Bloody Bloody Andrew Jackson
The Other American Idiot?
Book by Alex Timbers, music & lyrics by Michael Friedman
Bernard B. Jacobs Theatre, New York City, N.Y.,
Saturday, December 11, 2010, ( J– 105&106; middle stalls)
Directed by Alex Timbers
The fourth word in Bloody Bloody Andrew Jackson’s opening line was a four-letter vulgarity that was then uttered and sung at something of a one-in-four-word frequency ‘till the final curtain call. There were some utterances and lyrics even more vulgar than the word, um, “four,” too. This obviously was not a production for delicate ears.
This was not a production for historical purists, either. Benjamin Walker as the titular character in leather-pants, sweaty white t-shirt, tousled hair, and eyeliner looked and acted more like Billy Joe Armstrong of Green Day than the seventh president of the United States. The rest of the company likewise were in modern dress and modern mode; accounts of Jackson’s first two runs for president were done as live newscasts, Jackson’s wife Rachel (Maria Elena Ramirez) was something of a Tammy Wynette, and Martin Van Buren (Lucas Near-Verbrugghe) was an out-of-the-closet party planner. All of this played out on a set cluttered with vaguely frontierish artifacts; scenic designer Donyale Werle’s inspiration seemed to have come from watching a Disney Bear Jamboree while sipping on an Andro-laced LSD cocktail.
This Jackson bio played like a Mad Magazine strip, and like Mad’s parodies there was some loose playing with historical facts but also elements of deeper truths beneath the humor, namely in the portrayal of the Washington insiders. In addition to Near-Verbrugghe’s Van Buren, Ben Steinfeld’s James Monroe was an egomaniacal bureaucrat, Darren Goldstein’s John C. Calhoun was a seething Machiavellian, Bryce Pinkham’s Henry Clay was pathologically crazy, and Jeff Hiller’s John Quincy Adams was a clueless old codger. Their introduction garnered the show’s biggest laugh (I’m suspecting it was history teachers guffawing the most), and they got the biggest cheer in the curtain call.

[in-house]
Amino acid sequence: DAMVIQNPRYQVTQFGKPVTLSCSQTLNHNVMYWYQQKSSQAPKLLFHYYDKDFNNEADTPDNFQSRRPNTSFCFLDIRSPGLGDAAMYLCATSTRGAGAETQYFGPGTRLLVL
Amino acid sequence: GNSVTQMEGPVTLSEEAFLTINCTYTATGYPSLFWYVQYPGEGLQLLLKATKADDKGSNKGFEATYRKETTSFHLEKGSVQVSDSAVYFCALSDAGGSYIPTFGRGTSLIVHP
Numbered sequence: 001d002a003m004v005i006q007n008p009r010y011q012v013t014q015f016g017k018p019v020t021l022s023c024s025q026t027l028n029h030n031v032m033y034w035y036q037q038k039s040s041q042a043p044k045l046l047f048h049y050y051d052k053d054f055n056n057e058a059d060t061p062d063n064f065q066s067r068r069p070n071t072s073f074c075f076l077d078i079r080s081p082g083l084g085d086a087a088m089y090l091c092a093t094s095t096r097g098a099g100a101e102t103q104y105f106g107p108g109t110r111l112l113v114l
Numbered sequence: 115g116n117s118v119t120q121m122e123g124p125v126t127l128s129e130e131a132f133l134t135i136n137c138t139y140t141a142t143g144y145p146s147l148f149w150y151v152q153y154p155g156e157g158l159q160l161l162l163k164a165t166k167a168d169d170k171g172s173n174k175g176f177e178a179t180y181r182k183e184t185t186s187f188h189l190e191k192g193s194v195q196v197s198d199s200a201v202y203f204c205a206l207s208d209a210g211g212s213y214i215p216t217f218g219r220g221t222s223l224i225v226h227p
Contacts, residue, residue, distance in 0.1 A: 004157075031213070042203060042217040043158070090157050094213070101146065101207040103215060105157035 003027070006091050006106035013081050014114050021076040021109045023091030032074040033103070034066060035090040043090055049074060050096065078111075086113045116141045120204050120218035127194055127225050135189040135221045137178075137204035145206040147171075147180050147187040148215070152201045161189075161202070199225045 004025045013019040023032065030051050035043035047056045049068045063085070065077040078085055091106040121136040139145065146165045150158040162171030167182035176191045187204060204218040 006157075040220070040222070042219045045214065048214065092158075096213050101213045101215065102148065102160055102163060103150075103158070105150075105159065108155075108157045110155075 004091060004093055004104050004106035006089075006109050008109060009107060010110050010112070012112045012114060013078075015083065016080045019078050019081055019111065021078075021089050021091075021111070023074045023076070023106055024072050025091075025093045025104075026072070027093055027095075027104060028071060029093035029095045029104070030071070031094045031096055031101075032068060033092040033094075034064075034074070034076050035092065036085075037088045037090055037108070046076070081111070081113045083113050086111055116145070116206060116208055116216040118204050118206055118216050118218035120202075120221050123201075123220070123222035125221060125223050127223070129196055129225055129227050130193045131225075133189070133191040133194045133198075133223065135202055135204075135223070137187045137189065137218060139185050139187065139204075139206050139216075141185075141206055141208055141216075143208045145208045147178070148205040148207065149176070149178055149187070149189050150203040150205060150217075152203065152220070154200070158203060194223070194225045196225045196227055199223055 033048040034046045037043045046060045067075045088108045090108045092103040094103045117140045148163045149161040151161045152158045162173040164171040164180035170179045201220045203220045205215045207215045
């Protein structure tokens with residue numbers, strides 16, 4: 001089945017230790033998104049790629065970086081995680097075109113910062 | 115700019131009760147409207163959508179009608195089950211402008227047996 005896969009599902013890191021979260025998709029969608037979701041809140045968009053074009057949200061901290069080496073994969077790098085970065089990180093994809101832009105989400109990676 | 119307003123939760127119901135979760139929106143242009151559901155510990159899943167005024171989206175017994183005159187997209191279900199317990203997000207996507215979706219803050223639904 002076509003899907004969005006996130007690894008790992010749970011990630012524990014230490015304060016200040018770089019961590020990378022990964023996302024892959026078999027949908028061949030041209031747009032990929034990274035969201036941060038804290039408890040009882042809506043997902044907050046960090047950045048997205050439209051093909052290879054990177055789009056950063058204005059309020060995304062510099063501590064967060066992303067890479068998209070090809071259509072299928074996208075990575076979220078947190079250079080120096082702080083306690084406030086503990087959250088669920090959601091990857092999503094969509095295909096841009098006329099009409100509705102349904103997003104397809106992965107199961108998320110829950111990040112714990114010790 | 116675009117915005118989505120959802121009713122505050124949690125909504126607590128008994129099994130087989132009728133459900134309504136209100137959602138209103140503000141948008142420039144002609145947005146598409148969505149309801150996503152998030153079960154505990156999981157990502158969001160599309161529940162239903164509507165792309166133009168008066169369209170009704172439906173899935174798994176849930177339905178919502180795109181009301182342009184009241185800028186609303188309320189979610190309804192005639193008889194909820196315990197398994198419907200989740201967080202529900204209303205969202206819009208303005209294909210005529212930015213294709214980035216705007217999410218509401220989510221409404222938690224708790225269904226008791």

The primary truth Bloody Bloody Andrew Jackson was trying to get to is how the 1830s and Jackson’s ascent is not much different than the U.S. political scene today. But whose ascent today is parallel? It hinted at Sarah Palin, but more because she is as two-dimensional as Walker’s Jackson made himself out to be. It hinted at President Obama, too, for once Jackson got into the White House, he was foiled by crises that just wouldn’t be settled by sticking to his principles.
Through the first two-thirds of the play. you couldn’t help feeling this was an endorsement of today’s Tea Party movement. But once in the White House, Jackson found that alienating Washington insiders and governing on the “will of the people” was not only fraught with failure but also just plain inefficient (every time Walker’s Jackson asked “a common person” for guidance, the ignorant reply only furthered his frustration). As charming as Walker’s Jackson was in a delinquent sort of way, and despite his political success, he proved too inept to handle real power once he had the reins.
To properly gauge this show’s true political leanings is to know what wasn’t covered. Jackson’s successful reforming of the National Bank and his heading off South Carolina’s secession while firming up power in the federal government got only scant mention in the script. On the other hand, the play’s climax focused solely on Jackson’s policy toward the American Indians, a policy that led directly to the Trail of Tears, the United States’ very own holocaust. In fact, the play’s final summary on the Jackson presidency was to compare him to Hitler, though even that line was played for laughs.
Which was the ultimate take-away from Bloody Bloody Andrew Jackson: it was a bloody good show and a lot of fourin’ fun.
December 13, 2010